So, the government has announced a Royal Commission to investigate local government reform in Auckland. Coincidentally I've been discussing this by email with Rich of ObservatioNZ, though in the context of Mark Blumsky's Auckland and Wellington Local Government Reform Bill, and I have to say I'm deeply suspicious of it. Partly this is because the chief advocates of amalgamation seem to be business interests who see seperate councils representing their constituent's different interests as an impediment to ramming through their pet projects. And partly it is because of their explicitly anti-democratic agenda. It would be one thing if they were talking about preserving or even enhancing existing opportunities for representation, and merely talking about amalgamating the mayoralty at the head of a larger, more parliamentary-style council - but they're not. Instead, the number of councillors across the city is attacked as being "inefficient", and they seem to regard a low ratio of voters to elected representatives (that is, more representation and greater access to and accountability of representatives) as a Bad Thing per se. I'd feel a lot more comfortable if this was coming from the grass-roots - but they seem to be the people who have been completely cut out of the discussion, in favour of the usual local business elites.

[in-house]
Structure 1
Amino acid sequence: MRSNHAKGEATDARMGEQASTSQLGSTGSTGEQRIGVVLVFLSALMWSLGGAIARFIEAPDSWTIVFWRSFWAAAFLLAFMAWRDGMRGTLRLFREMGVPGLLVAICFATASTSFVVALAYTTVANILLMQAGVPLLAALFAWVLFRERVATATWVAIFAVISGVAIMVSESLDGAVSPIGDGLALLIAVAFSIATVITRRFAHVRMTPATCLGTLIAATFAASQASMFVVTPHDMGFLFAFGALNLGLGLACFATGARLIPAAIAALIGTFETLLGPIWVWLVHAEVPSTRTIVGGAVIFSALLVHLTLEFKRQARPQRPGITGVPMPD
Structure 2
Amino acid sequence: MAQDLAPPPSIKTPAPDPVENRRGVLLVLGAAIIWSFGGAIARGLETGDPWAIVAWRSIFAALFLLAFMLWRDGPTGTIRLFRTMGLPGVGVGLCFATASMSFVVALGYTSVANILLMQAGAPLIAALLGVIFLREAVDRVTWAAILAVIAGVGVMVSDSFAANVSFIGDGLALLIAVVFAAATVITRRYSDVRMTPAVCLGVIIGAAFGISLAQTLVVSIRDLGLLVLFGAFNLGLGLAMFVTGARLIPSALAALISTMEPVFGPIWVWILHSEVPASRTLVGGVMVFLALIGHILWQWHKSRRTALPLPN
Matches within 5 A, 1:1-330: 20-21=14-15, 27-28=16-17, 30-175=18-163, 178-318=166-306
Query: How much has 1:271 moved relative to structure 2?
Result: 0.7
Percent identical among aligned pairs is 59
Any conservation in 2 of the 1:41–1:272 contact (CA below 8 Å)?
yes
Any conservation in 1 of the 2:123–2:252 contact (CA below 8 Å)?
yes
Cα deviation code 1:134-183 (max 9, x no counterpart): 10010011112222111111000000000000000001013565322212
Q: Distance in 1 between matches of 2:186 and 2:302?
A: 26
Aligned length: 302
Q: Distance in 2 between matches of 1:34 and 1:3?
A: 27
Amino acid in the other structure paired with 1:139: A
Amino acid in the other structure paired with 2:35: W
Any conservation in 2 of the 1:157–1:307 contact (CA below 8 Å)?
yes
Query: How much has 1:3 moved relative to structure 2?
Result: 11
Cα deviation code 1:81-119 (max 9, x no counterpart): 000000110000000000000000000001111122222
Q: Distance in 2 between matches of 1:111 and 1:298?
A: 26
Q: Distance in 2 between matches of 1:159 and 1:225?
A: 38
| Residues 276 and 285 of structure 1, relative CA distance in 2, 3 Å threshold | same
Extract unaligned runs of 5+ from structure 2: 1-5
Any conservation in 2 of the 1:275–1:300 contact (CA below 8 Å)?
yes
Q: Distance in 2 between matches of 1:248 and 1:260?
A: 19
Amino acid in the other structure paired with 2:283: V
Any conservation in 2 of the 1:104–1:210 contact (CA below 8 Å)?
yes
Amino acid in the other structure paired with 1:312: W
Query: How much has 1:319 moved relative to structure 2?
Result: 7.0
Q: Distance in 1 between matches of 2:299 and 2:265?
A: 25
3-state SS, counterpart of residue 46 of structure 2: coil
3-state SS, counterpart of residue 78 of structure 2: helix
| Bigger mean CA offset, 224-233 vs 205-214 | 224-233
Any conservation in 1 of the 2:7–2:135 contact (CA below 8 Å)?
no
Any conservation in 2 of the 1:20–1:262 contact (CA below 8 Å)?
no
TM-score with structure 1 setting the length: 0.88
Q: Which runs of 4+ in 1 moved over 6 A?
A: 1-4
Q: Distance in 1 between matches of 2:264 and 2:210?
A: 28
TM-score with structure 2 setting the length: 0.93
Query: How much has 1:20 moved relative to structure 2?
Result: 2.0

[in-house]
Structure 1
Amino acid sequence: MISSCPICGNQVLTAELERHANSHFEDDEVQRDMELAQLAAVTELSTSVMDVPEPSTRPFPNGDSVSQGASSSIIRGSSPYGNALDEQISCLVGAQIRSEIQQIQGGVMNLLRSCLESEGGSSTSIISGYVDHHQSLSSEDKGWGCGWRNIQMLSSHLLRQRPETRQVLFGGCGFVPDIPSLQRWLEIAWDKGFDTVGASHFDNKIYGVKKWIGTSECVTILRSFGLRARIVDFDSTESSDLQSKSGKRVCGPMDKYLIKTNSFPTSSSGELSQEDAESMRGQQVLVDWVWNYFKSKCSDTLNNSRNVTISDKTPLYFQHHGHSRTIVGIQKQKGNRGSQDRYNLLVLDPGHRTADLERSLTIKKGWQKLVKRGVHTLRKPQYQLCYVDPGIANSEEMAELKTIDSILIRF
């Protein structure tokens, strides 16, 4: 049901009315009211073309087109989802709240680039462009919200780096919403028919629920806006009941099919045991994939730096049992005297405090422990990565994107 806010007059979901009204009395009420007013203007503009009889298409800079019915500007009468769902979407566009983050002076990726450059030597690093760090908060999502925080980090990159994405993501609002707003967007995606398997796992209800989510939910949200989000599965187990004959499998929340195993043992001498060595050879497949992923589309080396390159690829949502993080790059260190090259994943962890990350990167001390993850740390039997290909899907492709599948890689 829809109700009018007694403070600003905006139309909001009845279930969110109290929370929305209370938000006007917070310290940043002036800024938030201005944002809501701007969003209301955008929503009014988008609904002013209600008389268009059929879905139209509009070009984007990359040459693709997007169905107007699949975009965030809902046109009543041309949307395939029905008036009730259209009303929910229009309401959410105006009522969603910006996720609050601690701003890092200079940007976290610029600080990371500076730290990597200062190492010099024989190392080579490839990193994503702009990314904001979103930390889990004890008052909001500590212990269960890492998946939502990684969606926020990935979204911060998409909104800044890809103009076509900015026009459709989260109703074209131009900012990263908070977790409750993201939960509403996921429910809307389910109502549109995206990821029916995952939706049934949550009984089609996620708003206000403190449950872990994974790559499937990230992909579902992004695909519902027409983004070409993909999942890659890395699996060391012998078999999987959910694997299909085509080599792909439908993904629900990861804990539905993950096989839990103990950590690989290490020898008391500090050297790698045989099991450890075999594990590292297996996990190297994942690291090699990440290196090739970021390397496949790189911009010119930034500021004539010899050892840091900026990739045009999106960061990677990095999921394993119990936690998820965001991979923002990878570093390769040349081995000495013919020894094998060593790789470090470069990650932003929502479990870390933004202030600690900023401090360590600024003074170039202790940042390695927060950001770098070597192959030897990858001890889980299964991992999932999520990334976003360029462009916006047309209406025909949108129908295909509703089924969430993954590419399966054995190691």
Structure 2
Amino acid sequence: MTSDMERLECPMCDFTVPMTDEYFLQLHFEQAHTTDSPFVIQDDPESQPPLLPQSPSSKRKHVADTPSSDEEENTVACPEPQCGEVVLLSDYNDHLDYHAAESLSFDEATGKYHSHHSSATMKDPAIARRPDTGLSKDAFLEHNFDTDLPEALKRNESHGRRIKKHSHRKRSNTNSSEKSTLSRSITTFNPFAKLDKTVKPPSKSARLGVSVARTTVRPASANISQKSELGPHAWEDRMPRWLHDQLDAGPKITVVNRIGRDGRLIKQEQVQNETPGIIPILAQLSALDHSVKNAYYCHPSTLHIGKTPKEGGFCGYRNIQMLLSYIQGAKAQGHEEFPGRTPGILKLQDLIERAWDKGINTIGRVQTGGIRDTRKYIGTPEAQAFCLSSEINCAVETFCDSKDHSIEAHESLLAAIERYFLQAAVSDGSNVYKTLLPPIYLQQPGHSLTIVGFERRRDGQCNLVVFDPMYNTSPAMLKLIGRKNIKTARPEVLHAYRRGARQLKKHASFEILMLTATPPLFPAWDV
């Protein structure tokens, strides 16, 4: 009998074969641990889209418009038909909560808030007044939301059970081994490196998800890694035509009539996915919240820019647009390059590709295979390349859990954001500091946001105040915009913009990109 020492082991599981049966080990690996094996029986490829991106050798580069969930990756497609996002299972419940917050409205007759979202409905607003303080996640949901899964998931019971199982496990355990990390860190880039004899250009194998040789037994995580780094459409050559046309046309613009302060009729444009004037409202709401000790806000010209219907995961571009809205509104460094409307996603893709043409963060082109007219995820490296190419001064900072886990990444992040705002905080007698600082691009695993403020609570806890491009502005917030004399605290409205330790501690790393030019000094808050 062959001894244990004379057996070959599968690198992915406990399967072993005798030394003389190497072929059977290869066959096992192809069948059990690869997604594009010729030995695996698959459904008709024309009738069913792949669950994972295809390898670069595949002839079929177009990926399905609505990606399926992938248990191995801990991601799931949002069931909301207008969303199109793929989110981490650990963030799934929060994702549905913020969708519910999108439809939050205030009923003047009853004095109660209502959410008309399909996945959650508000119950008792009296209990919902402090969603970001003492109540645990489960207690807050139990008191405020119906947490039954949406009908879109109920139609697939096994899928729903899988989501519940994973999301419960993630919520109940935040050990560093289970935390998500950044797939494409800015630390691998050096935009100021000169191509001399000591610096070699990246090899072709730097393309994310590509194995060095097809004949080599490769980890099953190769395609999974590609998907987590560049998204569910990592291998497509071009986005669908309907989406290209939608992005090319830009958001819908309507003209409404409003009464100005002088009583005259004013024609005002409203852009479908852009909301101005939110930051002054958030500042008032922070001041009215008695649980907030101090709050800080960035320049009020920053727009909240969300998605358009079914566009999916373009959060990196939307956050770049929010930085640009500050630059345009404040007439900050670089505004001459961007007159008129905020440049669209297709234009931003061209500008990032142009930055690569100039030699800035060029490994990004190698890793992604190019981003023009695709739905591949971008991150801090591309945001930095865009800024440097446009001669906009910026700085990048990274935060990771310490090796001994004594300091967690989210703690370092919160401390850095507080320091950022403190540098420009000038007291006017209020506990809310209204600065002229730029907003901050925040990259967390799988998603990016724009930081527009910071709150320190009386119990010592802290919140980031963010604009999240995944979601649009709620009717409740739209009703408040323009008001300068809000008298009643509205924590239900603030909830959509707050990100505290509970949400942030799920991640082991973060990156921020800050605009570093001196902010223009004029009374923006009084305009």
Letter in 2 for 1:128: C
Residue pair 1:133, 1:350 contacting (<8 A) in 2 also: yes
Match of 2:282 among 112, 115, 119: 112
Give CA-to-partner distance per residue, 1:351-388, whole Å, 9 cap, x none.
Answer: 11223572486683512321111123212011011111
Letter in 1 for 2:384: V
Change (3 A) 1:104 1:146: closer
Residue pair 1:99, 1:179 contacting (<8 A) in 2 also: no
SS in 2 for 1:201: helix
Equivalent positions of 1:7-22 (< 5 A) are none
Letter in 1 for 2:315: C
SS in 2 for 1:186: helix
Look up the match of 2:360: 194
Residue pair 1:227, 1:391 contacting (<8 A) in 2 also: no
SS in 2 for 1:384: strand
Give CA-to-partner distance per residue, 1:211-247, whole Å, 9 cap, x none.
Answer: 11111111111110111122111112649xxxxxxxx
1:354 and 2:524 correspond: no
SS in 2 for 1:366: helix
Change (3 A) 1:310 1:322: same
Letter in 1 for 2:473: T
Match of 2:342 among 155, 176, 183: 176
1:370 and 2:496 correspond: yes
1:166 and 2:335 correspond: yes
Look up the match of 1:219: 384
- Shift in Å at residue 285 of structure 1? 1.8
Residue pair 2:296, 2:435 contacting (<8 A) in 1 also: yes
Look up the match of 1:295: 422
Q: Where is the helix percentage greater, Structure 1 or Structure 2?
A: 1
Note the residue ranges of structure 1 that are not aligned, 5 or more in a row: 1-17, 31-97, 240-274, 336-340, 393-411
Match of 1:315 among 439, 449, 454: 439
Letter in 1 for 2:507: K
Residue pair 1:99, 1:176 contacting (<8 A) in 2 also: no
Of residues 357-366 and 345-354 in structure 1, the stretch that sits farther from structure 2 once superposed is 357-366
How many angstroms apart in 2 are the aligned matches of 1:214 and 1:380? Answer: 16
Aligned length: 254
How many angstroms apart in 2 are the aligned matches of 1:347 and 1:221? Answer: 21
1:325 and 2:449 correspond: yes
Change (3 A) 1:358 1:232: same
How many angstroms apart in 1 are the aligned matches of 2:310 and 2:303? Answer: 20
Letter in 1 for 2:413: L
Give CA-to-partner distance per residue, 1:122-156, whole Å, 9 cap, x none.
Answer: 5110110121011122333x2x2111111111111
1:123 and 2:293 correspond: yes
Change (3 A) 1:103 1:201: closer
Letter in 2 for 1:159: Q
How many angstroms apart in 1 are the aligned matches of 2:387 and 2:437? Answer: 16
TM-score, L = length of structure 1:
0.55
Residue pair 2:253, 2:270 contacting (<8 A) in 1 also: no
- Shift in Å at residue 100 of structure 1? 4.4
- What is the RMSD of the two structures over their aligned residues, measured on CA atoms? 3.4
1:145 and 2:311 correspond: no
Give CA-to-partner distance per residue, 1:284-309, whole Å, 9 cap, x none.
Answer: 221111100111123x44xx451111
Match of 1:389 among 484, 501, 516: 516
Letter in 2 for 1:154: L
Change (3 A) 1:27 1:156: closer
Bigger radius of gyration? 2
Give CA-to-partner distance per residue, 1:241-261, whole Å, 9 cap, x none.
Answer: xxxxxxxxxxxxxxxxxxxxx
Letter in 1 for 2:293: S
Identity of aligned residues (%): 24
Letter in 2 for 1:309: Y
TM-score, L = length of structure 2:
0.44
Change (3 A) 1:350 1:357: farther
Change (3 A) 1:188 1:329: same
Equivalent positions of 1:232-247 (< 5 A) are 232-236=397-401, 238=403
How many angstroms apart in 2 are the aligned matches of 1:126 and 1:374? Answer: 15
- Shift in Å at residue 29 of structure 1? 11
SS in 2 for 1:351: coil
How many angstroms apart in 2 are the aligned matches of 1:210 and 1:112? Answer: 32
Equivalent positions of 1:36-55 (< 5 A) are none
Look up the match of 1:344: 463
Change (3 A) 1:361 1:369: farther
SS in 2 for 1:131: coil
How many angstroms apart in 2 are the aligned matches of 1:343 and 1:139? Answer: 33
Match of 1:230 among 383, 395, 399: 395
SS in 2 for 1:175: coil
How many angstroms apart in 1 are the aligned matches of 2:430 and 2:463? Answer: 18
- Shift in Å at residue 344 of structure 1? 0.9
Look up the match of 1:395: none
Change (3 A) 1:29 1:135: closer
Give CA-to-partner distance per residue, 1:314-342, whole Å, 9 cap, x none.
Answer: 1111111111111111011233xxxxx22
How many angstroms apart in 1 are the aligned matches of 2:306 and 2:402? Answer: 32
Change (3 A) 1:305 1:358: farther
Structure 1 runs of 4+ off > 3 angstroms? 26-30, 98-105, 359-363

But quite apart from my suspicion, a Royal Commission is simply the wrong format for this type of discussion. Better to have a citizen's jury instead.